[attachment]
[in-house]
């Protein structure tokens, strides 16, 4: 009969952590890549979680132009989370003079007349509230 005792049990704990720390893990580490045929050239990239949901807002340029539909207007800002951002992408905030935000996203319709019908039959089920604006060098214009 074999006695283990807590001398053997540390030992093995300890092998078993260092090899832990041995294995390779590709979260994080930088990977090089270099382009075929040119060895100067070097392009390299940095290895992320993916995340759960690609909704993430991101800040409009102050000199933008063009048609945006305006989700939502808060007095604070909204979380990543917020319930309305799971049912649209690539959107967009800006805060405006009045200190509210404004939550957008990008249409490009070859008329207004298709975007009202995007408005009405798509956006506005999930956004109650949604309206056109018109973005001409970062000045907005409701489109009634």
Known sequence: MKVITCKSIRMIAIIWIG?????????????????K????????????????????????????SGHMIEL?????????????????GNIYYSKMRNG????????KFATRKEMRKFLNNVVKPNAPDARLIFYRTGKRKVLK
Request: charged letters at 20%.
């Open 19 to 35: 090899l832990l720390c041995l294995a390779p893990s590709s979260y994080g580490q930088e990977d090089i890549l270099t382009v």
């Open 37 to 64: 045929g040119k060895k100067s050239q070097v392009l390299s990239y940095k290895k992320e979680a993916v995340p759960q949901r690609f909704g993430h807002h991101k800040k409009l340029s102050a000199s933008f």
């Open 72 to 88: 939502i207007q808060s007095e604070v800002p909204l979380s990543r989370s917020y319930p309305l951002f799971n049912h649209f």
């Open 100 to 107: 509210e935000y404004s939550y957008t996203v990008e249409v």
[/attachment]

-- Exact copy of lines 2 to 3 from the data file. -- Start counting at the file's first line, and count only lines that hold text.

């Protein structure tokens, strides 16, 4: 009969952590890549979680132009989370003079007349509230 005792049990704990720390893990580490045929050239990239949901807002340029539909207007800002951002992408905030935000996203319709019908039959089920604006060098214009 074999006695283990807590001398053997540390030992093995300890092998078993260092090899832990041995294995390779590709979260994080930088990977090089270099382009075929040119060895100067070097392009390299940095290895992320993916995340759960690609909704993430991101800040409009102050000199933008063009048609945006305006989700939502808060007095604070909204979380990543917020319930309305799971049912649209690539959107967009800006805060405006009045200190509210404004939550957008990008249409490009070859008329207004298709975007009202995007408005009405798509956006506005999930956004109650949604309206056109018109973005001409970062000045907005409701489109009634």
Known sequence: MKVITCKSIRMIAIIWIG?????????????????K????????????????????????????SGHMIEL?????????????????GNIYYSKMRNG????????KFATRKEMRKFLNNVVKPNAPDARLIFYRTGKRKVLK